Indie-pop crooner Twin Shadow (real name George Lewis Jr) took to the Conan (O’Brien) stage on Tuesday to perform his newest single ‘Saturday’ off his latest LP ‘Caer’. ‘Saturday’ is co-written by fellow Indie-Pop rockers HAIM. ‘Saturday’ is one of two new songs on the ‘Caer’, the other being ‘Little Woman’. See Twin Shadow perform live this summer at AFROPUNK Brooklyn.

When speaking to Pitchfork about what inspired the LP, Lewis said , “The patriarchy is falling apart. Our perceptions of who we are as human beings, because of technology and machines, are falling apart. We’re living at a breaking point, and a lot of the themes on the album are talking about these fault lines.”

Twin Shadow is performing at AFROPUNK Brooklyn on August 26th and kicking off his US tour.

Watch performance below.

lose yourself in trip-hop/electro-soul band ghost & the city’s ‘time ep’ album

Anchored by standout-single “N.W.T.A.” Ghost & the City’s Time EP, is the kind of record that begs to be listened to on headphones. It’s a richly textured landscape buoyed by Kia Fay’s haunted hooks. Songs like “Steady Trippin” and “Run Run” find weight in the band’s deft arrangements and Fay’s evocative voice. The centerpiece though is their unexpected cover of Bobby Womack’s “Please Forgive My Heart,” which takes a cut from the soul legend and transforms it into the band’s own sound. The Time EP is the kind of record you ca get lost in for days.


kelela’s dope sims-inspired animated video shows how to dump your toxic boyfriend

“It’s about leaving your ex with the wind in your hair while acknowledging a curiously complex feeling of pain that he has left you for a white woman”, Kelela told Rolling Stone about her new ‘Frontline’ video. She developed the clip’s concept with Mischa Notcutt; animation and visual effects by Claudia Matè.

alt-r&b singer mélat digs deep on her massive collaboration with jansport j ‘move me ii: the present’

The best artistic collaborations are the ones that are bigger than the sum of their parts, where the collaborators don’t just work well together, but bring out the best in each other. That’s definitely the case with alt R&B singer Mélat and producer Jansport J. On their latest collaboration, the unwieldily titled Move Me II: The Present, the two are like raspberries and chocolate. Or french fries and chocolate. Or anything and chocolate. Mélat’s melting soprano swirls around J’s beats, each taking turns pulling focus.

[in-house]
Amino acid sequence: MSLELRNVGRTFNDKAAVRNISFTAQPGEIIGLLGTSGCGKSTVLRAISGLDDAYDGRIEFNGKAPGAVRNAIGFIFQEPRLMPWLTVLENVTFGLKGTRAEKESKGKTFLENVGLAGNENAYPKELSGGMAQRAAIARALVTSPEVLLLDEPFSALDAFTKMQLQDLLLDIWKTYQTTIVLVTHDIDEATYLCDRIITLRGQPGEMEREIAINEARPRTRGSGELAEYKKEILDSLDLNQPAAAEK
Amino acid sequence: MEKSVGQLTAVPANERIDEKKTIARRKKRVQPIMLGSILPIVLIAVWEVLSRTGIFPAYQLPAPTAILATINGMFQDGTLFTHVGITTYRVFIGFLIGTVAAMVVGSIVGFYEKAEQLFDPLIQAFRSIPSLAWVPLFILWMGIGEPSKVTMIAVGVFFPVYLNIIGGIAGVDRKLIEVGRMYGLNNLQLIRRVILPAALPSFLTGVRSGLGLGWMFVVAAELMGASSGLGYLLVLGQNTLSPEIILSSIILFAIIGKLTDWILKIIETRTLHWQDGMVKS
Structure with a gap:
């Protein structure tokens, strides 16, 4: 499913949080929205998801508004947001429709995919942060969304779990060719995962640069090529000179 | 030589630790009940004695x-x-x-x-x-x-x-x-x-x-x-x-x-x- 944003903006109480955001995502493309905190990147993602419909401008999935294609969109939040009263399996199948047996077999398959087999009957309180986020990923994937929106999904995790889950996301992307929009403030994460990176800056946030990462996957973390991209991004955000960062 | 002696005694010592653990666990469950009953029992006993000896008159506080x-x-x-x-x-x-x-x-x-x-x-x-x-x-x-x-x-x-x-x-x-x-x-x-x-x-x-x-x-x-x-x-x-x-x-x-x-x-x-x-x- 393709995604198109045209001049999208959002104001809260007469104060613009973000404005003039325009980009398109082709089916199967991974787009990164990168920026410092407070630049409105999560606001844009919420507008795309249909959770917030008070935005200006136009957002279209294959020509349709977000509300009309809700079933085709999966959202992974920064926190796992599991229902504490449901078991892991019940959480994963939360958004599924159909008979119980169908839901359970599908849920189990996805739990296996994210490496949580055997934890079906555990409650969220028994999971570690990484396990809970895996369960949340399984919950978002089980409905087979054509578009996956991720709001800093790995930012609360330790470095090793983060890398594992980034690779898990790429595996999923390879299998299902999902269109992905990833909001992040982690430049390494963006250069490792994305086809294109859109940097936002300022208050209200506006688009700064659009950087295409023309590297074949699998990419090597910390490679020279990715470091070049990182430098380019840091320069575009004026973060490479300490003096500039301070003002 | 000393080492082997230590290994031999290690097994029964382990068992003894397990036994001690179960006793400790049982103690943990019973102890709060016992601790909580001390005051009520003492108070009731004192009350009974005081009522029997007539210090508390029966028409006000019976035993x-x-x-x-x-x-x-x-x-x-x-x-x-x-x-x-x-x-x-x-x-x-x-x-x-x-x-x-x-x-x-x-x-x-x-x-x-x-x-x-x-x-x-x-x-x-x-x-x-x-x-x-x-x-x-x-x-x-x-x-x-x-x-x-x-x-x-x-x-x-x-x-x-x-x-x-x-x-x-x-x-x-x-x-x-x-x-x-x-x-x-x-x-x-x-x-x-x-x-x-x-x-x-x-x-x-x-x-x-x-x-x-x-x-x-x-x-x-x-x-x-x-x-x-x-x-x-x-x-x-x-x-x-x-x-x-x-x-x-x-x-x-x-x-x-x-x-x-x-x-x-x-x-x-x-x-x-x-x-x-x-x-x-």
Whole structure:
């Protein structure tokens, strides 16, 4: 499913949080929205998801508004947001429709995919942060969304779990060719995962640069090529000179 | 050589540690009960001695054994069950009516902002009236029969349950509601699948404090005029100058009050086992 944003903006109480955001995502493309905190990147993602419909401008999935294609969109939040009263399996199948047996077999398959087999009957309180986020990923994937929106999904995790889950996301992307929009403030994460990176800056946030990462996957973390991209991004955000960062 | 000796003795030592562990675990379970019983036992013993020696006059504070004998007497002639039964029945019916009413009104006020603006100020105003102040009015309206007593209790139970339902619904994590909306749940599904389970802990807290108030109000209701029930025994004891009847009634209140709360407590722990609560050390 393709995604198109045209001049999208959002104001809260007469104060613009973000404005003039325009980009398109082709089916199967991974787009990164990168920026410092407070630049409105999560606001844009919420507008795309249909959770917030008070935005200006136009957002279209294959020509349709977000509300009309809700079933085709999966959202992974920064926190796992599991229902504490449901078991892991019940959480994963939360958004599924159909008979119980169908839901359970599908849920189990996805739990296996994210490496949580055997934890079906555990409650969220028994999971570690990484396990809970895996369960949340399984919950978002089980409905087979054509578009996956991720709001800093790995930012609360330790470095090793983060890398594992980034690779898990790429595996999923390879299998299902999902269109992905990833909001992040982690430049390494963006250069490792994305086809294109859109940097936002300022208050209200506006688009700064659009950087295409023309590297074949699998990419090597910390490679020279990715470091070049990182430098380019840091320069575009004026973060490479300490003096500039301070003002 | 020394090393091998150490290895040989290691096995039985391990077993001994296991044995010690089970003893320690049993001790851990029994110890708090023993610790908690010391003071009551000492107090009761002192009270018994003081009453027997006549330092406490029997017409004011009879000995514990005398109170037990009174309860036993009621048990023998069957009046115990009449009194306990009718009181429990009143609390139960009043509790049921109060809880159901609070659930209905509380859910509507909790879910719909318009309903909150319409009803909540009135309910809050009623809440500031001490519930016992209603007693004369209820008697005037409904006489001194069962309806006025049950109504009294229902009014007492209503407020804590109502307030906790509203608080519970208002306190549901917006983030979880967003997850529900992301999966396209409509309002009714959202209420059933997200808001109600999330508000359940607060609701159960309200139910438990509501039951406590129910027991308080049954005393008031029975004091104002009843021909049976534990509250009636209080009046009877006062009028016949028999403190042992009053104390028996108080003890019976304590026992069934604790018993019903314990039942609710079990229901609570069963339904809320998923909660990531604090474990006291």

The record is rich in hooks and textures. Whether singing about some late night regrets (“4AM, Call Me I’m Up”), a new boy (“Beautiful Black Boy”), or police violence (“Worries (Revelation 8:3)”), the duo digs deep. Jansport J’s sun-stained soul samples keep Mélat’s soaring voice grounded while giving her room to fly when the song calls for it. Nodding to MC Lyte’s classic “Lyte as a Rock,” the closer “Too Good To Last,” saves the biggest hooks and most inventive beat for last. With a sober eye towards a relationship, Mélat recognizes that the best things may not be meant to last, but that’s no reason not to love it while it’s here.

the black experience is like a one-way relationship in chillwave r&b artist kwaye’s latest single “lost in my boots”

Many have explored how the Black American experience has many parallels to an abusive relationship. Now, chillwave R&B artist KWAYE has brought this theory to the music studio, releasing a gorgeous song that at first glance appears to be a haunting exploration of relationship woes, but is also an ode to the experiences of Black people.

“’Lost in My Boots’ came to me at point where I was losing faith in my relationship, and fearing the worst,” KWAYE explained. “I in turn placed myself in my partners shoes. I imagined the hurt, the betrayal, and the heartbreak they would feel if I was to end it all, and the strength and perseverance I believed they would have to get through it all. The song is also a lyrical ode to the African American experience, better days that have been promised and broken throughout history, plus the strength and excellence in spite of these adversities.”

The Zimbabwe-born, London-raised KWAYE originally caught our attention with his first two singles Cool Kids” and “Little Ones“, and with “Lost in My Boots” he proves that his talent is no aberration. Sporting a infectious melody that shows off the 23-year-old’s impressive range, “Lost in My Boots” is both a musical and philosophical accomplishment worthy of praise.

You can also check out the artists latest video for the track “Jasmine” below!